THE COLD WAR MIGHT be finished, but there’s a new arms race underway. Eager to get into America’s most-selective colleges, high-schoolers are beefing up their résumés with more and more extracurriculars, hiring consultants to help with college applications and doing everything they can to boost their grade-point averages.
For many, a 4.0 GPA is no longer good enough; students take honors or Advanced Placement courses that give them “weighted” GPAs of 4.5 or higher. Given this pressure, it’s no surprise that some students cheat.
Use this fictional ethical dilemma with your Scouts to explore the gray area between helping a friend and cheating on his behalf.
Since he was a child, Bronson McLean has dreamed of attending Princeton University. He has decorated his bedroom with Princeton paraphernalia. His school locker sports Princeton Tigers bumper stickers. And he even persuaded the other members of his Boy Scout patrol to call themselves the Tigers instead of the Sharks.
Bronson has a 4.24 GPA, great SAT scores and a solid résumé. But he lacks one thing: the ability to write persuasively. When he learns that the Princeton application requires a 500-word essay on “an event or experience that helped you define one of your values or changed how you approach the world,” he panics. He has no idea what to write about and knows that, even if he did, he couldn’t effectively communicate his thoughts.
With time running out, he approaches fellow Tiger Patrol member Josh Walser (who has already been accepted to an in-state public university) with a simple proposition: Write the essay, and I’ll give you $100. Bronson hates to cheat, but he believes he has no choice.
In trying to solve his problem, Bronson has created an ethical dilemma for his friend as well as for himself. To clarify the discussion, invite your Scouts or Venturers to put themselves in each character’s place as they answer the following questions:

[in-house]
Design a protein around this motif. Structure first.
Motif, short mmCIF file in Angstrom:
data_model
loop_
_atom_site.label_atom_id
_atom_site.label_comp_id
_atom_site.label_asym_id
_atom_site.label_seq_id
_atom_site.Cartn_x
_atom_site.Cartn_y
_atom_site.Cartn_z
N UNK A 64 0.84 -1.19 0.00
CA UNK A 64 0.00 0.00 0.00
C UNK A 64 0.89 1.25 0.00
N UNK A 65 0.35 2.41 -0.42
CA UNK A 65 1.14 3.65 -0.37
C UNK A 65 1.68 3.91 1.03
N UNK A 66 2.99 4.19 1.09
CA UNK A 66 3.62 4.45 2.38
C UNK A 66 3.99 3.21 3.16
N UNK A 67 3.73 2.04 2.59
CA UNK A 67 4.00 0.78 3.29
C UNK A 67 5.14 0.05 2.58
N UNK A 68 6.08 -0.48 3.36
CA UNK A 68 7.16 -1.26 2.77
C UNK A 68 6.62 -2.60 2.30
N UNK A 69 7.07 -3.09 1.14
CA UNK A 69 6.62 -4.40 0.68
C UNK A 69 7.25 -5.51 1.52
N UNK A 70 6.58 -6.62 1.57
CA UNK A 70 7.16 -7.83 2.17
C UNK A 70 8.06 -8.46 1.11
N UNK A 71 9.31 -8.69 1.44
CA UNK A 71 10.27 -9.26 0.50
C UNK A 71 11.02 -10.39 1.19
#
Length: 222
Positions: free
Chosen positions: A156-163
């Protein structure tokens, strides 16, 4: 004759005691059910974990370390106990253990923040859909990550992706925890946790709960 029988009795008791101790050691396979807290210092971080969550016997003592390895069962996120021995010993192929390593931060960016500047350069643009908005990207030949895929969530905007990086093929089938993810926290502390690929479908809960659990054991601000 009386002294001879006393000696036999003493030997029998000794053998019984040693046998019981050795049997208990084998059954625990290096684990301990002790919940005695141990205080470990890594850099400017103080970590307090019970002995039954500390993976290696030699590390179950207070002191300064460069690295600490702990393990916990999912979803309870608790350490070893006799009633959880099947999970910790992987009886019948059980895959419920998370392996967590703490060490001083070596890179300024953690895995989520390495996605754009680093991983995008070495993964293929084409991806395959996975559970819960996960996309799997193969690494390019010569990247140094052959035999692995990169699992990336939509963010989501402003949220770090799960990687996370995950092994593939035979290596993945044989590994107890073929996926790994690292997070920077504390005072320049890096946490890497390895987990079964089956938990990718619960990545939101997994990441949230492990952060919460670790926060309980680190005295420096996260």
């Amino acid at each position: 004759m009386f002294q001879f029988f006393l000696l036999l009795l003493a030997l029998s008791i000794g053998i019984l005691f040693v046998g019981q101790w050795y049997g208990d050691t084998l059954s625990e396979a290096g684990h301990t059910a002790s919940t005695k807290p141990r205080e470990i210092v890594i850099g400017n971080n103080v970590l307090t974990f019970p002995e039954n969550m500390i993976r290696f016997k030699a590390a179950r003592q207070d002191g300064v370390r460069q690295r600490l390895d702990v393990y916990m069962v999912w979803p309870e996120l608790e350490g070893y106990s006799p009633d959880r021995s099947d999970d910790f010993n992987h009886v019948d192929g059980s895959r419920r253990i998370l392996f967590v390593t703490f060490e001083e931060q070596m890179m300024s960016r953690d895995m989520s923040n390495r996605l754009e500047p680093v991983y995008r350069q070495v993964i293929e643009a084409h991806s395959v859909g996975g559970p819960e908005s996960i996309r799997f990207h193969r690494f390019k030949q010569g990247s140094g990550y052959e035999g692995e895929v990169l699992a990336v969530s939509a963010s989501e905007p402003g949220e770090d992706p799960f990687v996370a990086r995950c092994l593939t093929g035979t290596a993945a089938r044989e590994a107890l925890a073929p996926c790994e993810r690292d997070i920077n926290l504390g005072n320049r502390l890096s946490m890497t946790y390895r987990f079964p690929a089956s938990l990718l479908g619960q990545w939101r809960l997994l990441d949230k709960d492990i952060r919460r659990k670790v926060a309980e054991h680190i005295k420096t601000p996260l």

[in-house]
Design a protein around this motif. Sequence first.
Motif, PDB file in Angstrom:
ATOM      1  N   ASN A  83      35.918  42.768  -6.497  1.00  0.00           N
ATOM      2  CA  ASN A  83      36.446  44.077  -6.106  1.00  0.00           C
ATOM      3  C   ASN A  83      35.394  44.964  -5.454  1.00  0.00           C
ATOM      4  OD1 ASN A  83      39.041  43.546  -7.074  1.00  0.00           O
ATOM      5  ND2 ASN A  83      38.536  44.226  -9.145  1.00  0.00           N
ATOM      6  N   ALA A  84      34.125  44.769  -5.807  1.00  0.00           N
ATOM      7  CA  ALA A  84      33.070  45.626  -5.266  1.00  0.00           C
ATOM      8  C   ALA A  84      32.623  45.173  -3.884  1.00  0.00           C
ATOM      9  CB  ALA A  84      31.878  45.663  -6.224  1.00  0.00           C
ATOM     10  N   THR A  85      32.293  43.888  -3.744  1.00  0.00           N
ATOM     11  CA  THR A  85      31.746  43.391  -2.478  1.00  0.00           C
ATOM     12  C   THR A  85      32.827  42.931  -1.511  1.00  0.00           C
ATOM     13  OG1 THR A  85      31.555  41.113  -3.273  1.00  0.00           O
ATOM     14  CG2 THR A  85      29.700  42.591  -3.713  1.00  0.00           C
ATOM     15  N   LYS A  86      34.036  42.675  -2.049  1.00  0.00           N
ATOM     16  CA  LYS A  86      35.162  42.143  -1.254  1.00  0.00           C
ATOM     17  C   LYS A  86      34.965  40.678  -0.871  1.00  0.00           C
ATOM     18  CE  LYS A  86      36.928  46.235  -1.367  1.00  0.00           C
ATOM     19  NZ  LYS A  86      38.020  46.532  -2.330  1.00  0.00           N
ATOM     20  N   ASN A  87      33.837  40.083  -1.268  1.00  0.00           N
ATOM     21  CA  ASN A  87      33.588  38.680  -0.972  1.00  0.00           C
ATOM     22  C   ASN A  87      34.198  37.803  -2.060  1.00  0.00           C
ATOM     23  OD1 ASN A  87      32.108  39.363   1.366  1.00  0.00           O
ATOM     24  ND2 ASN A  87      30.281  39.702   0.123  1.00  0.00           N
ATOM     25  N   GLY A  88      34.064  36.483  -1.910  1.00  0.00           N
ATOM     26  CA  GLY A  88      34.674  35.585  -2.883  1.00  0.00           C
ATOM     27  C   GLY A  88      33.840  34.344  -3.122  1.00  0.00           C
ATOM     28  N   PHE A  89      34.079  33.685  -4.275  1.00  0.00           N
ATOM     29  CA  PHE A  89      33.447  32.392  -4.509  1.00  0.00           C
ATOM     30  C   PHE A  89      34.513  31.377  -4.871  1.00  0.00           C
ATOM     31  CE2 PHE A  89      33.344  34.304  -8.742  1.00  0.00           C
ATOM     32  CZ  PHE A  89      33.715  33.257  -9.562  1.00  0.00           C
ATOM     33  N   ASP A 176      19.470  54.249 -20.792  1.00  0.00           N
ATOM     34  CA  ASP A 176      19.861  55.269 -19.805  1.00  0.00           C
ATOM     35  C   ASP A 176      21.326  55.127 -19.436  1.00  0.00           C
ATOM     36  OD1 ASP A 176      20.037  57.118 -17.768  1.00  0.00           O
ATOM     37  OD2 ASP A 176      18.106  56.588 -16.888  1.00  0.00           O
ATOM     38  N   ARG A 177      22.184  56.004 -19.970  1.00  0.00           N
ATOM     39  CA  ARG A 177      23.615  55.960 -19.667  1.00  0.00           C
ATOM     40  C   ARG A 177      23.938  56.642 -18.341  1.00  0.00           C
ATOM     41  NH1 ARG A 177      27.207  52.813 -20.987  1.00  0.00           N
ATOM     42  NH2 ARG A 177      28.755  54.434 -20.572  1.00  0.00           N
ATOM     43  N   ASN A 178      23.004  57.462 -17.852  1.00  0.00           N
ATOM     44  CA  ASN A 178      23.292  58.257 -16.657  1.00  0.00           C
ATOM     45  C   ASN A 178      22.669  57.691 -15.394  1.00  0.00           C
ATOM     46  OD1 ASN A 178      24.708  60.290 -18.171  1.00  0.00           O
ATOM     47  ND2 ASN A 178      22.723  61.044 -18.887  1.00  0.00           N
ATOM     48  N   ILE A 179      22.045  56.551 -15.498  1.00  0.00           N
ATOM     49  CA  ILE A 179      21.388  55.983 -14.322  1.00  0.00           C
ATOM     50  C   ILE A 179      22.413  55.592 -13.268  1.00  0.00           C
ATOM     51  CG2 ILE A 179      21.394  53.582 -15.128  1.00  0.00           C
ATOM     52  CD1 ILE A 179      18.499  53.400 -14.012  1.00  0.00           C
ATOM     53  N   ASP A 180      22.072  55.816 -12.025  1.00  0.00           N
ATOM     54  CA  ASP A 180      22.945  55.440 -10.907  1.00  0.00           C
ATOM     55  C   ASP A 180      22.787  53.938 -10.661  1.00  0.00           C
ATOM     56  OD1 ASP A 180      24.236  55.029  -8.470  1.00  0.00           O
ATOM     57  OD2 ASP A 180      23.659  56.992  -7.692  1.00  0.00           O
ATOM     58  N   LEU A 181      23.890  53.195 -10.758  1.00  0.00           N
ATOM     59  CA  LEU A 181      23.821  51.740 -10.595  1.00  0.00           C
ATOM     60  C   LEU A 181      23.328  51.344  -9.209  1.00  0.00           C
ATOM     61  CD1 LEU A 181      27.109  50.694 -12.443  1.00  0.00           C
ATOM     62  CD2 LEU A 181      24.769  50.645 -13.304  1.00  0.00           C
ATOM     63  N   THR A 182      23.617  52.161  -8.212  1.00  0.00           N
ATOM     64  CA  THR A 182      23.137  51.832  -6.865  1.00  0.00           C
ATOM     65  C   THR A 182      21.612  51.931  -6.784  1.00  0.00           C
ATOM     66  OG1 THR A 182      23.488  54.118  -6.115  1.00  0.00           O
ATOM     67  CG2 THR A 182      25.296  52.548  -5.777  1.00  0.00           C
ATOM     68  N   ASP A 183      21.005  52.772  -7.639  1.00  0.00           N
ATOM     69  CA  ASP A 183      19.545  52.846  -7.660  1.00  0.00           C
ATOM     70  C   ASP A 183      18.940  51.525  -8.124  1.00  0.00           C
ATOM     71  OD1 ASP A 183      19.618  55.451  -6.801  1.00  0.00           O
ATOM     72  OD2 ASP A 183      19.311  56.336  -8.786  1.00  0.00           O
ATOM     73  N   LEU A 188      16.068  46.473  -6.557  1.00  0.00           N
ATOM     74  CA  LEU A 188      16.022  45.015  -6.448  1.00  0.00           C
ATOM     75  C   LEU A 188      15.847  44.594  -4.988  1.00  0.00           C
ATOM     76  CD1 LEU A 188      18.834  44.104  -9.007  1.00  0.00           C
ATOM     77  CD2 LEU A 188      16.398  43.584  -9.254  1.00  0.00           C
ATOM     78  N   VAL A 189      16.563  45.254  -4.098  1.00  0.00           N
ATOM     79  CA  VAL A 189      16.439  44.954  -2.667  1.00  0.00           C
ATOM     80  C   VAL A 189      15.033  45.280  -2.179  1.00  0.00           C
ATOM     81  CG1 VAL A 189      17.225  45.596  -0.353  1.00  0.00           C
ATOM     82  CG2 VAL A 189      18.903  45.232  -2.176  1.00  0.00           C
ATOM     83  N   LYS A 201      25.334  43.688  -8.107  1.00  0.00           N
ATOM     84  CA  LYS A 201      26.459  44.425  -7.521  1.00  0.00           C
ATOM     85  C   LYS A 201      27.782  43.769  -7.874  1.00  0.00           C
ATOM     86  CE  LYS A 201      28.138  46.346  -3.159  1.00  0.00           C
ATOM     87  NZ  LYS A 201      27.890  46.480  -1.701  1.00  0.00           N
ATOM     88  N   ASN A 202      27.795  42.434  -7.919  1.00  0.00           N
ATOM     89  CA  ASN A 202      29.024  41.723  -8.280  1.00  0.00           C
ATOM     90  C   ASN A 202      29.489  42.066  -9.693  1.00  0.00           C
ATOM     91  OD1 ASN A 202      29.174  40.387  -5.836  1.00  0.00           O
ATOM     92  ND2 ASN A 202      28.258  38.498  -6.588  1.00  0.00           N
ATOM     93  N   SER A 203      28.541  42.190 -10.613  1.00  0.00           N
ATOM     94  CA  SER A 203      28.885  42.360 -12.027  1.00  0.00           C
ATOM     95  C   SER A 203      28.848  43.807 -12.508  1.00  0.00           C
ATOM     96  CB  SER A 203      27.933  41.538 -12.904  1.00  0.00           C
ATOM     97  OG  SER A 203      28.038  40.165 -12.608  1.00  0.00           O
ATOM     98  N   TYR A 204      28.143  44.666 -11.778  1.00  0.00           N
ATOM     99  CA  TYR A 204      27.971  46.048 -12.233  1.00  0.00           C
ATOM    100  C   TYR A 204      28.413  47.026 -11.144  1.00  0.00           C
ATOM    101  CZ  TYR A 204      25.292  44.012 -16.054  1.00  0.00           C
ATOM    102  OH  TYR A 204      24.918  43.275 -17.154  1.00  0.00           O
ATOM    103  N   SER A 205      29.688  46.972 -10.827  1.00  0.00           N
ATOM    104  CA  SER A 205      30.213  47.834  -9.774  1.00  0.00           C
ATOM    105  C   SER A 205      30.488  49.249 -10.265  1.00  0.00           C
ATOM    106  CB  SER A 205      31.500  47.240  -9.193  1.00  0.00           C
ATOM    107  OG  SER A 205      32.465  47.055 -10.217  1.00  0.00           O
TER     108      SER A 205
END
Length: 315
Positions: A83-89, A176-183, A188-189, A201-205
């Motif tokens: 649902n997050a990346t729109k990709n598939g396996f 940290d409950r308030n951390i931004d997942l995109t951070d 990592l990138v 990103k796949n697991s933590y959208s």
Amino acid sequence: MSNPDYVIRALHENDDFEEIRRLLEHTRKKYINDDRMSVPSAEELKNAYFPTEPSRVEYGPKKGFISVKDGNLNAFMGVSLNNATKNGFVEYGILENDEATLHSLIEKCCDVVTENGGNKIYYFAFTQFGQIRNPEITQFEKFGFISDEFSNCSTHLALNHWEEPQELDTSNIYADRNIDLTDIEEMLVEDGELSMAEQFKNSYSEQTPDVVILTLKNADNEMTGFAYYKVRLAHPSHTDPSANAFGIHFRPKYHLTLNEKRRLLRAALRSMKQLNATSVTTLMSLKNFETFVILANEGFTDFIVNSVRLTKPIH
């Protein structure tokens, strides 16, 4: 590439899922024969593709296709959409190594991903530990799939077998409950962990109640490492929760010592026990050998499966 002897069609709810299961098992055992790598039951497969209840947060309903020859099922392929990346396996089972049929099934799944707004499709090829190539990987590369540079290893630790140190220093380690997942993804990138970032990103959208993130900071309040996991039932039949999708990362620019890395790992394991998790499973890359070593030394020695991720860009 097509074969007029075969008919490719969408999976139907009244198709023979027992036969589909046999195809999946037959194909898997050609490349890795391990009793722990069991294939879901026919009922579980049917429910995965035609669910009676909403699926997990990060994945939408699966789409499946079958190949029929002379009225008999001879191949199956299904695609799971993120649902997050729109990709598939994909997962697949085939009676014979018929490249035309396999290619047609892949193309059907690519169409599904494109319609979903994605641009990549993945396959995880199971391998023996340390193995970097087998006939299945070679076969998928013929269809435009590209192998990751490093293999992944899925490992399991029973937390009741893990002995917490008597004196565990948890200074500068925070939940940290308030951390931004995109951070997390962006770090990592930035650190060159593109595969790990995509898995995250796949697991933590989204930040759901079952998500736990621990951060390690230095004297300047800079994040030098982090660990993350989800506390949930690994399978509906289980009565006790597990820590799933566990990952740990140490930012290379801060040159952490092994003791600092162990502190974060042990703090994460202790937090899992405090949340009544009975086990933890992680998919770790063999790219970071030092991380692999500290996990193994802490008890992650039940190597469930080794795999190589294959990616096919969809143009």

For Josh, the Friend
- Would it be cheating if Bronson used an essay you wrote as his own? Why or why not?
- Would it matter if he had asked you to write the essay because you’re his friend instead of offering you $100? Why or why not?
- If you accept Bronson’s offer, are you being complicit in his cheating? After all, you’re not the one trying to get into Princeton. Why or why not?
- If you turn down Bronson’s offer, how might that affect your friendship? Should that matter in your decision? Why or why not?
- If you turn down Bronson’s offer, he hasn’t technically cheated yet — although he might find someone to write his essay. Should you still turn him in? Why or why not?
- If you do decide to turn him in, whom should you tell? Your Scoutmaster? Your principal? The Princeton admissions office? Why did you pick that person or entity?
- If you decide not to turn him in, are you being complicit in his cheating?
- How much help could you give Bronson without it being cheating? Would it be OK to brainstorm ideas with him? To edit his rough draft? Would it make any difference whether he paid you for that help?
For Bronson, the Princeton Hopeful
- Let’s assume you haven’t cheated since seventh grade. Does that make having Josh write your essay less ethical, more ethical or neither? Why?
- Would it be less ethical, more ethical or neither if you had asked him to write a term paper for your senior English class instead of college admission? Why?
- Does cheating in high school or on your college essay really matter once you get to college? Or do you start with a clean slate as a freshman? Why or why not?
- Given how selective Ivy League schools are, you might assume that other applicants are also cheating. Should that make a difference in whether you pay Josh to write your essay? Why or why not?
- Should the fact that the essay is about values matter? Why or why not?
- Should the fact that you’re a Scout matter? Why or why not?
- Should the fact that Josh is a Scout matter? Why or why not?
Challenge your Scouts or Venturers to devise a solution to this dilemma that doesn’t involve cheating but still gives Bronson a decent chance of getting in to Princeton. Invite them to reflect on times when they’ve faced a situation similar to Bronson’s or Josh’s.